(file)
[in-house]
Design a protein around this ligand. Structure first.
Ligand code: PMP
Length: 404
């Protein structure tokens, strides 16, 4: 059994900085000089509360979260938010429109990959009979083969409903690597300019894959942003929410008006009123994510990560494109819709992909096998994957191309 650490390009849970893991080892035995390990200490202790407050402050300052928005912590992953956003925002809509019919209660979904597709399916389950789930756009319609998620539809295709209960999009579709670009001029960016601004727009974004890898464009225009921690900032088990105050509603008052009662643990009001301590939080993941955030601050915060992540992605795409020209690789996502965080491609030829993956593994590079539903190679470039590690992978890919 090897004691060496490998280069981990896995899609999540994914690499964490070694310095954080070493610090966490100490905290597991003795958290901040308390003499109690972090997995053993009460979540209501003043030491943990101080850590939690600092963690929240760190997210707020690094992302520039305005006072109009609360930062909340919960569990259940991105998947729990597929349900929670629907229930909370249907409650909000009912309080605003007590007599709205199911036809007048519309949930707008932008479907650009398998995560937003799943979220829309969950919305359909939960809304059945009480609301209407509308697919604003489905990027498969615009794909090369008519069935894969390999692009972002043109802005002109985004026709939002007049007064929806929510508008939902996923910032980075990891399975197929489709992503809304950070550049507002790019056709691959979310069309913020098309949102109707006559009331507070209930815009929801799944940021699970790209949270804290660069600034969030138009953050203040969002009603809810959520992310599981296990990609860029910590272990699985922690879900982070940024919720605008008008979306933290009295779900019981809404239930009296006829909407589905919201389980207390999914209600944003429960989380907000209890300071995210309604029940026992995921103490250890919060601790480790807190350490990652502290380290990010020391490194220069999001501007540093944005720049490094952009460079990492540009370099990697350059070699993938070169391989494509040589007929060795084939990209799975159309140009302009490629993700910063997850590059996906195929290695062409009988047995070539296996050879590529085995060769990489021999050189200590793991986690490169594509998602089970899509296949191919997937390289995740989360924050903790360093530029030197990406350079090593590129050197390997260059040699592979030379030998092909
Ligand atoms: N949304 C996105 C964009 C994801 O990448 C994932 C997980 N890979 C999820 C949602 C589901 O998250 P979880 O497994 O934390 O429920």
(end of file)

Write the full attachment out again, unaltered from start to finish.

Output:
[in-house]
Design a protein around this ligand. Structure first.
Ligand code: PMP
Length: 404
């Protein structure tokens, strides 16, 4: 059994900085000089509360979260938010429109990959009979083969409903690597300019894959942003929410008006009123994510990560494109819709992909096998994957191309 650490390009849970893991080892035995390990200490202790407050402050300052928005912590992953956003925002809509019919209660979904597709399916389950789930756009319609998620539809295709209960999009579709670009001029960016601004727009974004890898464009225009921690900032088990105050509603008052009662643990009001301590939080993941955030601050915060992540992605795409020209690789996502965080491609030829993956593994590079539903190679470039590690992978890919 090897004691060496490998280069981990896995899609999540994914690499964490070694310095954080070493610090966490100490905290597991003795958290901040308390003499109690972090997995053993009460979540209501003043030491943990101080850590939690600092963690929240760190997210707020690094992302520039305005006072109009609360930062909340919960569990259940991105998947729990597929349900929670629907229930909370249907409650909000009912309080605003007590007599709205199911036809007048519309949930707008932008479907650009398998995560937003799943979220829309969950919305359909939960809304059945009480609301209407509308697919604003489905990027498969615009794909090369008519069935894969390999692009972002043109802005002109985004026709939002007049007064929806929510508008939902996923910032980075990891399975197929489709992503809304950070550049507002790019056709691959979310069309913020098309949102109707006559009331507070209930815009929801799944940021699970790209949270804290660069600034969030138009953050203040969002009603809810959520992310599981296990990609860029910590272990699985922690879900982070940024919720605008008008979306933290009295779900019981809404239930009296006829909407589905919201389980207390999914209600944003429960989380907000209890300071995210309604029940026992995921103490250890919060601790480790807190350490990652502290380290990010020391490194220069999001501007540093944005720049490094952009460079990492540009370099990697350059070699993938070169391989494509040589007929060795084939990209799975159309140009302009490629993700910063997850590059996906195929290695062409009988047995070539296996050879590529085995060769990489021999050189200590793991986690490169594509998602089970899509296949191919997937390289995740989360924050903790360093530029030197990406350079090593590129050197390997260059040699592979030379030998092909
Ligand atoms: N949304 C996105 C964009 C994801 O990448 C994932 C997980 N890979 C999820 C949602 C589901 O998250 P979880 O497994 O934390 O429920």